The Georgia Supreme Court upheld the murder conviction for Joseph E. Williams this week after he was found guilty of opening fire outside the historic courthouse on Fifth Avneue and killing 22-year-old Travious Deshune Floyd of Rome.
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Joseph E. Williams has been sentenced in Floyd County for the murder of 22 year-old Travious Deshune Floyd. Superior Court Judge Tami Colston sentenced Willaims to life plus five years on Thursday morning.
Williams was found guilty back on July 15 for killing Floyd near the steps of the Historic Floyd County Court House on Fifth Avenue following a concert at night club on Broad Street.
Williams was also found guilty of three counts of aggravated assault, criminal damage to property and possession of a gun during the commission of a crime.
Joseph E. Williams was been found guilty of murder by a Floyd County Superior Court jury. Police said that Williams was convicted of the shooting death of 22 year-old Travious Floyd, which occurred outside a Rome night near Broad Street in May 2014.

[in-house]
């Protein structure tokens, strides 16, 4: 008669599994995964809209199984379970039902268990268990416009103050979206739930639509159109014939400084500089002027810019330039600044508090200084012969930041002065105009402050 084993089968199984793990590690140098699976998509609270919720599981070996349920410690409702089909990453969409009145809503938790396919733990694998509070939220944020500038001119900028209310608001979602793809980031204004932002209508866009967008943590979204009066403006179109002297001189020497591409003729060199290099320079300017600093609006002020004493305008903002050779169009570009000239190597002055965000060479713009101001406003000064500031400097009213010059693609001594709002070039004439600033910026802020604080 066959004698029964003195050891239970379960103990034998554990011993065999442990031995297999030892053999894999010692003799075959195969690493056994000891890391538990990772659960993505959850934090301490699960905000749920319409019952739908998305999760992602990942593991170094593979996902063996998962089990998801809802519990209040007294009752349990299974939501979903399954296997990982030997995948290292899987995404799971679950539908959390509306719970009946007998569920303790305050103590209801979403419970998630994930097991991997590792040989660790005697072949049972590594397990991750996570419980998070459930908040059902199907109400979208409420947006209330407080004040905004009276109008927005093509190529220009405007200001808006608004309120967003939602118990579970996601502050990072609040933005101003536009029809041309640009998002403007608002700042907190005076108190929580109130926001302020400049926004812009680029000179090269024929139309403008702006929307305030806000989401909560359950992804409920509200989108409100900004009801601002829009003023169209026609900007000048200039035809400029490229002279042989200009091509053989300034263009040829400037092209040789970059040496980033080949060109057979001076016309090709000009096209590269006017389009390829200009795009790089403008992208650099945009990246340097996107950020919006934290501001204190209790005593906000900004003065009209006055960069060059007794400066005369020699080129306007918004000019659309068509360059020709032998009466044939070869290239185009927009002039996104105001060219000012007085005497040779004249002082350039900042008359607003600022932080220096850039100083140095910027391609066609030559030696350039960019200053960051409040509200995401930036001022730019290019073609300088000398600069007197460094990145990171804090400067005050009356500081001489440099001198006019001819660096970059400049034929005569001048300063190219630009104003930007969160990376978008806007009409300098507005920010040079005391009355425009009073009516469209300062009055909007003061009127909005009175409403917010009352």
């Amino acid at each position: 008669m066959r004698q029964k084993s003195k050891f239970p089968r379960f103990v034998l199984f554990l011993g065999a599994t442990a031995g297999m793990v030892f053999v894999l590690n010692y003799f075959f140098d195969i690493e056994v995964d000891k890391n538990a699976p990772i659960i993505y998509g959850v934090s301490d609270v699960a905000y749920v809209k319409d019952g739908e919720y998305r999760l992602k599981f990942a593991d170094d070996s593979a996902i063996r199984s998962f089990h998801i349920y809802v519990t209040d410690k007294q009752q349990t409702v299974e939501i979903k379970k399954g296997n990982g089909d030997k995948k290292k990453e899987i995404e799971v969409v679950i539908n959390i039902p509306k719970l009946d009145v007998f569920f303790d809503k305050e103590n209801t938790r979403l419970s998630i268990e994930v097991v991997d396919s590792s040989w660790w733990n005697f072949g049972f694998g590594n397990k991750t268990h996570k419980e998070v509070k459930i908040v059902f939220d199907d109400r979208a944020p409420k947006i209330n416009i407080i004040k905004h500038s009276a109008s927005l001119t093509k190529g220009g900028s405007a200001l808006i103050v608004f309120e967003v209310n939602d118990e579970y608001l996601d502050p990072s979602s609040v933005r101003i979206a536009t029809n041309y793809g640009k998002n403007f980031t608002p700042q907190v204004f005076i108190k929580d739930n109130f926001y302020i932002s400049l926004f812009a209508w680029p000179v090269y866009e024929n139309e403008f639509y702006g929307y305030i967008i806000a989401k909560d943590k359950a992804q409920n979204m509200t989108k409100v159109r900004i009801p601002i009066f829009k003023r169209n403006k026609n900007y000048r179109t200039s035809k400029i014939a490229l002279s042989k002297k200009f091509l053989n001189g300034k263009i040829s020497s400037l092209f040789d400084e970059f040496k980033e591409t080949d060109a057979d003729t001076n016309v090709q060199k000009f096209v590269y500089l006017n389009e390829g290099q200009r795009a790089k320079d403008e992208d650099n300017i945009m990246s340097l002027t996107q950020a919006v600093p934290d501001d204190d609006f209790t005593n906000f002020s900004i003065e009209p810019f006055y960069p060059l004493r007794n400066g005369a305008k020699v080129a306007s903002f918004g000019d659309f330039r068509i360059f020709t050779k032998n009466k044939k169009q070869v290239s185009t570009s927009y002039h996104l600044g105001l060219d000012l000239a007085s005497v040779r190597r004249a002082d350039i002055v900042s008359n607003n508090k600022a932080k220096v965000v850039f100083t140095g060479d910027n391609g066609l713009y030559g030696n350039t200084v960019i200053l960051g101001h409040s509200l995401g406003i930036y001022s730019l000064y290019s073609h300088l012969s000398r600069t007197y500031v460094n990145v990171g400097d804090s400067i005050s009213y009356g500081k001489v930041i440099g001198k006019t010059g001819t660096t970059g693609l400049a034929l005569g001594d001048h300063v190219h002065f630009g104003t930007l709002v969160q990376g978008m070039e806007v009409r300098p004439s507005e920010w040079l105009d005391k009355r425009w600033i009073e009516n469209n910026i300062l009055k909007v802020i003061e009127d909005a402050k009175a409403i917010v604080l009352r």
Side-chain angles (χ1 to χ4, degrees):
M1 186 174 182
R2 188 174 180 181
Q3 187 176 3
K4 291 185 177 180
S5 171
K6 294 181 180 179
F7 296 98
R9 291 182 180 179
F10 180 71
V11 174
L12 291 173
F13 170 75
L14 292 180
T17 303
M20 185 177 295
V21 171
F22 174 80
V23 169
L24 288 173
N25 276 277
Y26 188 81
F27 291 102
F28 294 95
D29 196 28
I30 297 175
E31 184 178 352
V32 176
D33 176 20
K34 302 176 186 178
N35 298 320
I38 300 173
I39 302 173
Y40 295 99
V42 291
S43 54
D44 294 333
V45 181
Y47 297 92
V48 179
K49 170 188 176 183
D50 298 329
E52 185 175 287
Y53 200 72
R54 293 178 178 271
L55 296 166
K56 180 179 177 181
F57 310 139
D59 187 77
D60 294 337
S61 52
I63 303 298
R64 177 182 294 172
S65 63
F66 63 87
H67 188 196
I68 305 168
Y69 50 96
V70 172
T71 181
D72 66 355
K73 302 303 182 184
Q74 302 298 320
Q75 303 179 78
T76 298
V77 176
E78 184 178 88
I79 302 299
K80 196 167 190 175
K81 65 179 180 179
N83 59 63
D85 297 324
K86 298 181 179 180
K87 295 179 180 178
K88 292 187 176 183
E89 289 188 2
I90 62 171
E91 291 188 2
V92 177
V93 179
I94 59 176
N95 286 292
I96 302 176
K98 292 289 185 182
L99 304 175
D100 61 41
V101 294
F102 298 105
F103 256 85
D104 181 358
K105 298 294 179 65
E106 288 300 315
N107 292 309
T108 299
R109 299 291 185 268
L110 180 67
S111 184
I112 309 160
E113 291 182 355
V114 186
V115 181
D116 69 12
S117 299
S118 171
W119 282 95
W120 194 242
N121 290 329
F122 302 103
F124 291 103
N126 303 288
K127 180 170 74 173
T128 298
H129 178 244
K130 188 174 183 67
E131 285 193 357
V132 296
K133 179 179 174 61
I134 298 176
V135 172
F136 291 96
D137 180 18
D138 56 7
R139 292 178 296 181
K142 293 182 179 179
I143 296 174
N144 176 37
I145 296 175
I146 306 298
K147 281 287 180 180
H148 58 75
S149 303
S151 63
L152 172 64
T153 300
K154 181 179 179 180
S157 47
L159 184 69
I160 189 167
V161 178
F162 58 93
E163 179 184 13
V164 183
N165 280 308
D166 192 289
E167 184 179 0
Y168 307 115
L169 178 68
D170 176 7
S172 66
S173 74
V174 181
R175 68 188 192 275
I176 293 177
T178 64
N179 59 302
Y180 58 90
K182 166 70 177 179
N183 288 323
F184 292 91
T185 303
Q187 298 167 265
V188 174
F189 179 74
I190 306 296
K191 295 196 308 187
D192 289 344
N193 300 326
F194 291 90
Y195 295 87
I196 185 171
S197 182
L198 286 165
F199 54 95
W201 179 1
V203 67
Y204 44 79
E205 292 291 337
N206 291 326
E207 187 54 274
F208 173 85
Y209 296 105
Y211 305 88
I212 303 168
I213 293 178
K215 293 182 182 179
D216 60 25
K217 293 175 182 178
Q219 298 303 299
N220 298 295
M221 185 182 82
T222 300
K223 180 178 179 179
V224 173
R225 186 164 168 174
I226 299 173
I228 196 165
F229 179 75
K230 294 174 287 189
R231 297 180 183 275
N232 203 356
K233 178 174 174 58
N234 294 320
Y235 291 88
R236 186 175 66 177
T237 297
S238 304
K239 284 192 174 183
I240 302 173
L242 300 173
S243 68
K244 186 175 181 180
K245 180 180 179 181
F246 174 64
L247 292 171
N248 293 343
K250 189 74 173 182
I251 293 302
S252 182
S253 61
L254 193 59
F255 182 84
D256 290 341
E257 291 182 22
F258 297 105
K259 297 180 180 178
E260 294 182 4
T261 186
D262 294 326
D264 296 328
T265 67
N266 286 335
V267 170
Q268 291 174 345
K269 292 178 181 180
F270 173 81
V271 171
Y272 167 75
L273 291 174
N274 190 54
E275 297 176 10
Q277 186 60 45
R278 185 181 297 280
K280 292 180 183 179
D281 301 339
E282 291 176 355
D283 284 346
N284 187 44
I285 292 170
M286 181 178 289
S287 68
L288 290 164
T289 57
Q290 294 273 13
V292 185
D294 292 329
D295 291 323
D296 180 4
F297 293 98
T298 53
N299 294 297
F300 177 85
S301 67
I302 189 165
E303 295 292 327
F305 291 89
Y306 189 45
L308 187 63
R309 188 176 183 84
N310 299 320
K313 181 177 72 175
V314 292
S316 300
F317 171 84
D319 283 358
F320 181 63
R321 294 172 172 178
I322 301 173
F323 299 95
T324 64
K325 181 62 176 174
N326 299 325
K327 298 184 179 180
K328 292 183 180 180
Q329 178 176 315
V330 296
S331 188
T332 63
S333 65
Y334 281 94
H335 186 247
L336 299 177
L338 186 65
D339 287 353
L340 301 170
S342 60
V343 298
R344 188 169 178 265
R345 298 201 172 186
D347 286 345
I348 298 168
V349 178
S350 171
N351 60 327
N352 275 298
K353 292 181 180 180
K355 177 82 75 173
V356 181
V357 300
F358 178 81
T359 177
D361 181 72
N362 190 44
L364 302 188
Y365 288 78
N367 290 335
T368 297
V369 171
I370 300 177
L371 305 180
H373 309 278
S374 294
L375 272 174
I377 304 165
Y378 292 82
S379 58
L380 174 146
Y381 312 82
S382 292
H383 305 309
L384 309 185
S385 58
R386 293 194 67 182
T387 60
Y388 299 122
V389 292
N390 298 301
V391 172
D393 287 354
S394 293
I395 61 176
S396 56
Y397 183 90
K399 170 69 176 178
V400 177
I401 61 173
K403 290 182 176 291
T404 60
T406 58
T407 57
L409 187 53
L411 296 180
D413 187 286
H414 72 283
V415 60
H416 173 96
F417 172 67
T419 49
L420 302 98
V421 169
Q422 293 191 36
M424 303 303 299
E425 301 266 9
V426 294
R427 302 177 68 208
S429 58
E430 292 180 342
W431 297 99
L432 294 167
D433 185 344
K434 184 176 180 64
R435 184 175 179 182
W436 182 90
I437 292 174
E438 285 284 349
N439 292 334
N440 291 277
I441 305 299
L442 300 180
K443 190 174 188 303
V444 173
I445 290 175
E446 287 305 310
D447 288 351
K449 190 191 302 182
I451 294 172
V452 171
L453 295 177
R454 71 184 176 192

Williams was found guilty of murder, three counts of aggravated assault, criminal damage to property and possession of a gun during the commission of a crime,
Williams is the second suspect to stand trial for murdering Floyd. Stephon Rickman was convicted in April and was sentenced to life plus five years.
A sentencing date for Williams hasn’t been set yet.
Williams lawyer argued that his client was innocent of any wrongdoing because he fired the shots in defense of himself and others.
Floyd County Superior Court Judge Tami Colston sentenced Stephon D. Rickman, 25, to life in prison after being found guilty of the murder of 22 year-old Travious Deshune Floyd. Police said that Floyd was shot and killed May 24, 2015 outside The Peach nightclub in downtown Rome.
The shooting occurred at the intersection of West Fifth Avenue and Tribune Street.
He was also found guilty of aggravated assault and aggravated battery, but was merged with the murder sentence.
Rickman was also given an additional five years for possession of a firearm during the commission of a crime.
He will be eligible for parole in 30 years.
A second defendant, Joseph E. Williams, has not yet gone to trial. He has been charged with felony murder and three counts of aggravated assault.